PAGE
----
Different Strokes for Different
Folks Enterprise Use-cases
If you put ML2 next to ML1, you see a clear improvement from the first headset to the second, almost across the board. And while I’d say that ML2 is notably more immersive than HoloLens 2, it’s important to remember that these are enterprise products for which immersion may not be the most important factor—the individual use-case will have great sway over which is ‘best’ for the job.
What’s fundamentally at stake between ML2 and HoloLens 2 is the same as it was between ML1 and HoloLens 2. The key is in each headset’s architecture.
HoloLens 2 is fully self-contained and has a ‘visor-style’ design which leaves you with nearly full real-world peripheral vision and a convenient ‘flip-up’ display for stowing the AR view when you don’t need it.
Magic Leap 2 on the other hand has a ‘goggles-style’ design which significantly reduces your real-world peripheral vision, and has a tethered compute ‘puck’ which means first putting on the headset and then slinging the puck over your arm or attaching it to your pocket (and doing the reverse when you don’t need it).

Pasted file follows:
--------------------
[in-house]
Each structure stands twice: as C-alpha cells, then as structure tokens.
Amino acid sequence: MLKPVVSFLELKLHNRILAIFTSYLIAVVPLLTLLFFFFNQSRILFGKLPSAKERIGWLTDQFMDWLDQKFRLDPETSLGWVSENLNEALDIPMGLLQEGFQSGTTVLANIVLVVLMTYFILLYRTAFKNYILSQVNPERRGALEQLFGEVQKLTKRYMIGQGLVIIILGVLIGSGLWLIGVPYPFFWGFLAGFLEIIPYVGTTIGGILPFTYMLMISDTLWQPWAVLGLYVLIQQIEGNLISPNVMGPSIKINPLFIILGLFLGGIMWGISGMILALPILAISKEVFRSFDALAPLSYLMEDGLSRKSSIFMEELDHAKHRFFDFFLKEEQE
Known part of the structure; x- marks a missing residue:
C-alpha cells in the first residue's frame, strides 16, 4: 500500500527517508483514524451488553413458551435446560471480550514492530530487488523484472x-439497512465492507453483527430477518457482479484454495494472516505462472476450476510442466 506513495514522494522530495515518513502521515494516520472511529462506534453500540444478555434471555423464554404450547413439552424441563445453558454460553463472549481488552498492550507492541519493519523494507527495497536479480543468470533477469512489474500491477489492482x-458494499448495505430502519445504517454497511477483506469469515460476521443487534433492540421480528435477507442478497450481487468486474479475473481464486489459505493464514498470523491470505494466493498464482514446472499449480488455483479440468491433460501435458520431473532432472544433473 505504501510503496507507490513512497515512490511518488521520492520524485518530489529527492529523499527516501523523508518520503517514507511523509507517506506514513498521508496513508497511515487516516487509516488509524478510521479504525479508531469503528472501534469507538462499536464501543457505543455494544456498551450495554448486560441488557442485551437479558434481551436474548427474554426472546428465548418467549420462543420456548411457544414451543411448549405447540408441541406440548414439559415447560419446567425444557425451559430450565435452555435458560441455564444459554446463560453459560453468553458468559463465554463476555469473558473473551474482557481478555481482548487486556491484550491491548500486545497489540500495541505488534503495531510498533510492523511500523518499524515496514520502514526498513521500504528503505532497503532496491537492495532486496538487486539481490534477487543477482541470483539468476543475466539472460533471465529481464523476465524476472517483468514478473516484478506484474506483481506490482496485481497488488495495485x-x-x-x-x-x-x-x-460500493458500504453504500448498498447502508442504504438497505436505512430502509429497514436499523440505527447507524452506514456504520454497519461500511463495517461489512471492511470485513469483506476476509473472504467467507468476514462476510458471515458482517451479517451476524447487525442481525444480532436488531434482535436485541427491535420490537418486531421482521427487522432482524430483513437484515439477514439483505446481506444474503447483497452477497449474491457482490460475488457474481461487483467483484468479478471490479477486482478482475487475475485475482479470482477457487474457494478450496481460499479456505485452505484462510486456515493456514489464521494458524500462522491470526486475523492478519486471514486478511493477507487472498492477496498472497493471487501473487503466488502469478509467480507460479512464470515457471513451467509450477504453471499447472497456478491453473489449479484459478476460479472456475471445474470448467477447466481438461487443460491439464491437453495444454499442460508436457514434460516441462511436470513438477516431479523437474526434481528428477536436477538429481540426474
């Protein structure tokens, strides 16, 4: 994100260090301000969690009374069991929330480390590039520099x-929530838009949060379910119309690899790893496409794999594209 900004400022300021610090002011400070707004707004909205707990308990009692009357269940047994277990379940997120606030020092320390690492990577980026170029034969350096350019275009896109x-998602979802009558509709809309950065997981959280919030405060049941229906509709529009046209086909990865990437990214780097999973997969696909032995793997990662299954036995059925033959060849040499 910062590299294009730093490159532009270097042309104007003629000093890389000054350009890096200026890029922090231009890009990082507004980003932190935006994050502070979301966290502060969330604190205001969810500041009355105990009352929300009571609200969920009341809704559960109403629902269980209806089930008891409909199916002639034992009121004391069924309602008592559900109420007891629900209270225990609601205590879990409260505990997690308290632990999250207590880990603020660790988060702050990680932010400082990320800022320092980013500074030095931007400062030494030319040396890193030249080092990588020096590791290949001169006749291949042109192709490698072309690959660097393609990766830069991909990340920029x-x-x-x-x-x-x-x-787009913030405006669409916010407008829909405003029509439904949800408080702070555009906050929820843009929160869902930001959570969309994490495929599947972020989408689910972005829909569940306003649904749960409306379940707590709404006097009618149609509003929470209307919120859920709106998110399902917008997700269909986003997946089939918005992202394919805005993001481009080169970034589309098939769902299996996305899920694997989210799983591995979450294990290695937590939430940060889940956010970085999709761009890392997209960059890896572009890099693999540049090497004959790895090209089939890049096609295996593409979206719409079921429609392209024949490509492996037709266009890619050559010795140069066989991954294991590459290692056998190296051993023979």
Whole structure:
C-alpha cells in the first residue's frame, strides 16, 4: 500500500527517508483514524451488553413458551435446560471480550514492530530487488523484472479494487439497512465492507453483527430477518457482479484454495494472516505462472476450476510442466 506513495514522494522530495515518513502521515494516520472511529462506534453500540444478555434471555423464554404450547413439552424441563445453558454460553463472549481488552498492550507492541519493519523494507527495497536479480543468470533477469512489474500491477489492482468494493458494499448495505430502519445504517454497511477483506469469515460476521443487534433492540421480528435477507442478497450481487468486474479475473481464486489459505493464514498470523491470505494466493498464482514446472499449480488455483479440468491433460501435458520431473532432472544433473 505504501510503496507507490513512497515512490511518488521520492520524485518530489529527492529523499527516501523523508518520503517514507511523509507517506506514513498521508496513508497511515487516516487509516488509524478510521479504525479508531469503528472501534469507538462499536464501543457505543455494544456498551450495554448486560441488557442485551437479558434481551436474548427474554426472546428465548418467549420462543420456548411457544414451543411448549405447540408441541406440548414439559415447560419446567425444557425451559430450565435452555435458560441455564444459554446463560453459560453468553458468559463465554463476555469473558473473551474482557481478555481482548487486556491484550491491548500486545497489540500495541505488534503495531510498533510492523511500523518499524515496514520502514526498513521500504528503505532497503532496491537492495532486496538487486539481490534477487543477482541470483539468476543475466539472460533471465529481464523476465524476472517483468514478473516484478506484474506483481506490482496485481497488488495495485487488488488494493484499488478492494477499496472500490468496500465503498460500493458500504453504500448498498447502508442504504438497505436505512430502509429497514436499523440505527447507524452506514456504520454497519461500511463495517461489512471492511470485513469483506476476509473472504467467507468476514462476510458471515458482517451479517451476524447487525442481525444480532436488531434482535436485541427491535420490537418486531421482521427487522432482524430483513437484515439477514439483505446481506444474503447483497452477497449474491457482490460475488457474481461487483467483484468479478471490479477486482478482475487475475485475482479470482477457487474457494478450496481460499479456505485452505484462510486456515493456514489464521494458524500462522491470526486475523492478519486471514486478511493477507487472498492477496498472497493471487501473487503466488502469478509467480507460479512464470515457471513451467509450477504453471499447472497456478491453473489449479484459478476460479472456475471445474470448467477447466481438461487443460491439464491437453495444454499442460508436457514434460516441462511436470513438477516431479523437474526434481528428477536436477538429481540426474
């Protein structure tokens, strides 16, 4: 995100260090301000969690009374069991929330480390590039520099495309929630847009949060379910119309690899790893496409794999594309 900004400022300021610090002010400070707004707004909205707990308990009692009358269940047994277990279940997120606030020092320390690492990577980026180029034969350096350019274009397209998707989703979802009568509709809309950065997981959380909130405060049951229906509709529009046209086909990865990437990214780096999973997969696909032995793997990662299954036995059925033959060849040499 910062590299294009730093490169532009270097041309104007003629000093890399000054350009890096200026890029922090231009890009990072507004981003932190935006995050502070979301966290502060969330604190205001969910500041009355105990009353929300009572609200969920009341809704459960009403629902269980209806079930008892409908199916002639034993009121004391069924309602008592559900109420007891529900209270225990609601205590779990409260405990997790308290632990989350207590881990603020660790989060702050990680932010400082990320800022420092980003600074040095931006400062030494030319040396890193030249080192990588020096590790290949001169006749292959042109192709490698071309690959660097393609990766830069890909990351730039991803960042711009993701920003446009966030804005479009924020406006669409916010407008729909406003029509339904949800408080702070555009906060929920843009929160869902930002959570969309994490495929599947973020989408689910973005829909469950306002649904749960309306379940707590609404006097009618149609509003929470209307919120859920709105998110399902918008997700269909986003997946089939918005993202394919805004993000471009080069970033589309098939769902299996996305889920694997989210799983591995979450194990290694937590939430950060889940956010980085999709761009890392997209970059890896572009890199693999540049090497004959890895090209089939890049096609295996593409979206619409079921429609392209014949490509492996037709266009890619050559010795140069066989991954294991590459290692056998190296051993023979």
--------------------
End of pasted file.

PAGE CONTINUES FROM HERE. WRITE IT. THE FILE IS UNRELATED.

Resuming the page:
If you think about the enterprise sectors that Magic Leap is gunning for—healthcare, manufacturing, and government—it’s clear to see that ML2’s consumer-centric heritage has left HoloLens 2 with some key advantages in the enterprise space.
That’s not to say that Magic Leap 2 isn’t a good enterprise headset. I’m sure there are use-cases where having the largest field-of-view and most immersion will be the overriding factor in choosing which to use. I’m just saying I don’t think anyone should be counting HoloLens 2 out just yet.